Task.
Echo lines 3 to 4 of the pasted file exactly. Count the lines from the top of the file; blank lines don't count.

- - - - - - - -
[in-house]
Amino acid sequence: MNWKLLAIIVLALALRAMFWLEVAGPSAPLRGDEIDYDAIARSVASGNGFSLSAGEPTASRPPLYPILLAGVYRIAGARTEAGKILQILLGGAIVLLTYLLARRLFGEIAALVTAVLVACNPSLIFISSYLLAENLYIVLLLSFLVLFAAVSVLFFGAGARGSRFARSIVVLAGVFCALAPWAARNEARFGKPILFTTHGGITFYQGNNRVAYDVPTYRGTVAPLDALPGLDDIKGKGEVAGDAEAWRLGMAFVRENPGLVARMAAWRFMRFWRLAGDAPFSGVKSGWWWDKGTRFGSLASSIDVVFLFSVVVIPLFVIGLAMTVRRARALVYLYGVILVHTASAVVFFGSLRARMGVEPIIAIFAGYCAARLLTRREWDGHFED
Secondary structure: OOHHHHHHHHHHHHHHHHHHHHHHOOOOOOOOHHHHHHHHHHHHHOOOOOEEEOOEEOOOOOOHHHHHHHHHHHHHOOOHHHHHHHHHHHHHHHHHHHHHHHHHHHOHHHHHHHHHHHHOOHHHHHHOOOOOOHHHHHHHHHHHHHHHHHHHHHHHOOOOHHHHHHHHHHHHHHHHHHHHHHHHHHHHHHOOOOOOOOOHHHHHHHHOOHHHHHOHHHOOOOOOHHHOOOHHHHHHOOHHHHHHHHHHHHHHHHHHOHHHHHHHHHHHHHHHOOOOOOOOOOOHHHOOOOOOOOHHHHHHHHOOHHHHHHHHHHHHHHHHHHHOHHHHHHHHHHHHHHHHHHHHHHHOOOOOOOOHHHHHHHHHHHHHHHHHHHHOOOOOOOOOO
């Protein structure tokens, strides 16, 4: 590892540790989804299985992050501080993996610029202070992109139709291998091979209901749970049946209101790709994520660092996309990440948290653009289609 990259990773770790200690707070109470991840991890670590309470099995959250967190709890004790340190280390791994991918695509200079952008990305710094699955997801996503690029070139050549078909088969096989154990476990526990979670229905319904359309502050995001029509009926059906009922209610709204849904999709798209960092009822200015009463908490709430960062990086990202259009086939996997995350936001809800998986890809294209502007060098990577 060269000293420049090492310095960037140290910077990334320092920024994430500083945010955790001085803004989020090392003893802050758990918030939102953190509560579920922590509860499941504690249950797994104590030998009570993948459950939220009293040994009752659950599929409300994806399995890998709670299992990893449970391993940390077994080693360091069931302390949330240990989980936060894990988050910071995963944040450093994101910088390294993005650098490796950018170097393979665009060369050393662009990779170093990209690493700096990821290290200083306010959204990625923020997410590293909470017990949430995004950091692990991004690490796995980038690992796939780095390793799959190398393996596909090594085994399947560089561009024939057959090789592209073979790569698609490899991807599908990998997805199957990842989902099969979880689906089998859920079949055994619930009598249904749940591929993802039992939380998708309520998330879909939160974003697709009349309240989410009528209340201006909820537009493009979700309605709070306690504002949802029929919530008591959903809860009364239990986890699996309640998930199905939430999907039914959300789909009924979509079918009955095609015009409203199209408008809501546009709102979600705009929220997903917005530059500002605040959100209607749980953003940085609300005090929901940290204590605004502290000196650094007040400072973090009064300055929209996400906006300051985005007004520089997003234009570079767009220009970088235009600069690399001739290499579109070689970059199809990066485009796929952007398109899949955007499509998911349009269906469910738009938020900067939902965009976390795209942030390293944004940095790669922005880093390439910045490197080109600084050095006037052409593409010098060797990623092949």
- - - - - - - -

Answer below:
Secondary structure: OOHHHHHHHHHHHHHHHHHHHHHHOOOOOOOOHHHHHHHHHHHHHOOOOOEEEOOEEOOOOOOHHHHHHHHHHHHHOOOHHHHHHHHHHHHHHHHHHHHHHHHHHHOHHHHHHHHHHHHOOHHHHHHOOOOOOHHHHHHHHHHHHHHHHHHHHHHHOOOOHHHHHHHHHHHHHHHHHHHHHHHHHHHHHHOOOOOOOOOHHHHHHHHOOHHHHHOHHHOOOOOOHHHOOOHHHHHHOOHHHHHHHHHHHHHHHHHHOHHHHHHHHHHHHHHHOOOOOOOOOOOHHHOOOOOOOOHHHHHHHHOOHHHHHHHHHHHHHHHHHHHOHHHHHHHHHHHHHHHHHHHHHHHOOOOOOOOHHHHHHHHHHHHHHHHHHHHOOOOOOOOOO
């Protein structure tokens, strides 16, 4: 590892540790989804299985992050501080993996610029202070992109139709291998091979209901749970049946209101790709994520660092996309990440948290653009289609 990259990773770790200690707070109470991840991890670590309470099995959250967190709890004790340190280390791994991918695509200079952008990305710094699955997801996503690029070139050549078909088969096989154990476990526990979670229905319904359309502050995001029509009926059906009922209610709204849904999709798209960092009822200015009463908490709430960062990086990202259009086939996997995350936001809800998986890809294209502007060098990577 060269000293420049090492310095960037140290910077990334320092920024994430500083945010955790001085803004989020090392003893802050758990918030939102953190509560579920922590509860499941504690249950797994104590030998009570993948459950939220009293040994009752659950599929409300994806399995890998709670299992990893449970391993940390077994080693360091069931302390949330240990989980936060894990988050910071995963944040450093994101910088390294993005650098490796950018170097393979665009060369050393662009990779170093990209690493700096990821290290200083306010959204990625923020997410590293909470017990949430995004950091692990991004690490796995980038690992796939780095390793799959190398393996596909090594085994399947560089561009024939057959090789592209073979790569698609490899991807599908990998997805199957990842989902099969979880689906089998859920079949055994619930009598249904749940591929993802039992939380998708309520998330879909939160974003697709009349309240989410009528209340201006909820537009493009979700309605709070306690504002949802029929919530008591959903809860009364239990986890699996309640998930199905939430999907039914959300789909009924979509079918009955095609015009409203199209408008809501546009709102979600705009929220997903917005530059500002605040959100209607749980953003940085609300005090929901940290204590605004502290000196650094007040400072973090009064300055929209996400906006300051985005007004520089997003234009570079767009220009970088235009600069690399001739290499579109070689970059199809990066485009796929952007398109899949955007499509998911349009269906469910738009938020900067939902965009976390795209942030390293944004940095790669922005880093390439910045490197080109600084050095006037052409593409010098060797990623092949």